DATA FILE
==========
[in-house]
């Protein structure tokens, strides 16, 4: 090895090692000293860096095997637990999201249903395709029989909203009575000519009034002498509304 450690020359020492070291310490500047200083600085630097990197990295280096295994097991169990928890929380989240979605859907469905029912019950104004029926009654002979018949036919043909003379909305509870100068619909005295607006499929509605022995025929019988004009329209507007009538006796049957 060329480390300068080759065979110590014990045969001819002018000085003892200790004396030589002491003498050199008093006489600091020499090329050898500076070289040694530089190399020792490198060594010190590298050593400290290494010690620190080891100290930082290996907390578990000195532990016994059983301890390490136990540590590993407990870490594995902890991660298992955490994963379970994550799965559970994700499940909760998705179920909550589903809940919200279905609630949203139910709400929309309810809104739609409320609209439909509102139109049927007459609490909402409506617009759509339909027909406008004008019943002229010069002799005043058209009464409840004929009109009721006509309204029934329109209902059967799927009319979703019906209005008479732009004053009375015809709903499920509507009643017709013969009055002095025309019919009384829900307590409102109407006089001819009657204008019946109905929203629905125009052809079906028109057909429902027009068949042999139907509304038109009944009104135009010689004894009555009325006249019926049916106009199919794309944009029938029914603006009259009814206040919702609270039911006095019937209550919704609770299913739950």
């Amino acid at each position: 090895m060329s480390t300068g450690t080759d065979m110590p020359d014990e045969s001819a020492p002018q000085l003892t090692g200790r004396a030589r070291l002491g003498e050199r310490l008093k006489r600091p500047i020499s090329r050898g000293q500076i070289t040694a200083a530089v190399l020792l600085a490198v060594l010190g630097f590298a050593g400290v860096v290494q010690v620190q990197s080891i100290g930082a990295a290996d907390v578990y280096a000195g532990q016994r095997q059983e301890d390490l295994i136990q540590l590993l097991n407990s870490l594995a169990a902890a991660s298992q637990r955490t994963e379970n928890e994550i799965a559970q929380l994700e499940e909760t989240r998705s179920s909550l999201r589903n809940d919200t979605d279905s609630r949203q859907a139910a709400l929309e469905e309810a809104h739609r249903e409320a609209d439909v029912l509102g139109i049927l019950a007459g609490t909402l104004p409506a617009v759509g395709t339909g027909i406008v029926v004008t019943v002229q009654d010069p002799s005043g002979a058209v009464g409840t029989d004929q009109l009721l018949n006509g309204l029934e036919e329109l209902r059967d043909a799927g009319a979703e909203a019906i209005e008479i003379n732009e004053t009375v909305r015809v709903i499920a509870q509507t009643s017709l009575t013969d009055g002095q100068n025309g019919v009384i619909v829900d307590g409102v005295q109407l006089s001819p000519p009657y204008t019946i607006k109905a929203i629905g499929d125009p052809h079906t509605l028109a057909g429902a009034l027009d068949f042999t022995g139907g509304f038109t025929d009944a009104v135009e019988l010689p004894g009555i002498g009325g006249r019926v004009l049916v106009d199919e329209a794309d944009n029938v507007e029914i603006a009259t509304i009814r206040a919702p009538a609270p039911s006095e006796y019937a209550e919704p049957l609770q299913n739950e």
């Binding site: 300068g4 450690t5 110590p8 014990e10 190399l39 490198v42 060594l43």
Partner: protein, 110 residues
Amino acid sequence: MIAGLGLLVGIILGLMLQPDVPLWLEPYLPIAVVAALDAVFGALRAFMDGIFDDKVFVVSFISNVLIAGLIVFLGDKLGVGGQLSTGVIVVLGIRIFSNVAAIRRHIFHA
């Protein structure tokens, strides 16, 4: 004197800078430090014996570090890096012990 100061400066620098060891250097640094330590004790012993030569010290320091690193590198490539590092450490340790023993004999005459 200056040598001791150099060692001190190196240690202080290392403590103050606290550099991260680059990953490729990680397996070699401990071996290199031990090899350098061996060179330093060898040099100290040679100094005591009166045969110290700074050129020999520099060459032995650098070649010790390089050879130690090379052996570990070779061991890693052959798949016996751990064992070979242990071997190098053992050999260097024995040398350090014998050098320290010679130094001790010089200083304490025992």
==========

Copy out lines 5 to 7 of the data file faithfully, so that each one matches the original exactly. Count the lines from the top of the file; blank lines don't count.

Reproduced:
Partner: protein, 110 residues
Amino acid sequence: MIAGLGLLVGIILGLMLQPDVPLWLEPYLPIAVVAALDAVFGALRAFMDGIFDDKVFVVSFISNVLIAGLIVFLGDKLGVGGQLSTGVIVVLGIRIFSNVAAIRRHIFHA
């Protein structure tokens, strides 16, 4: 004197800078430090014996570090890096012990 100061400066620098060891250097640094330590004790012993030569010290320091690193590198490539590092450490340790023993004999005459 200056040598001791150099060692001190190196240690202080290392403590103050606290550099991260680059990953490729990680397996070699401990071996290199031990090899350098061996060179330093060898040099100290040679100094005591009166045969110290700074050129020999520099060459032995650098070649010790390089050879130690090379052996570990070779061991890693052959798949016996751990064992070979242990071997190098053992050999260097024995040398350090014998050098320290010679130094001790010089200083304490025992």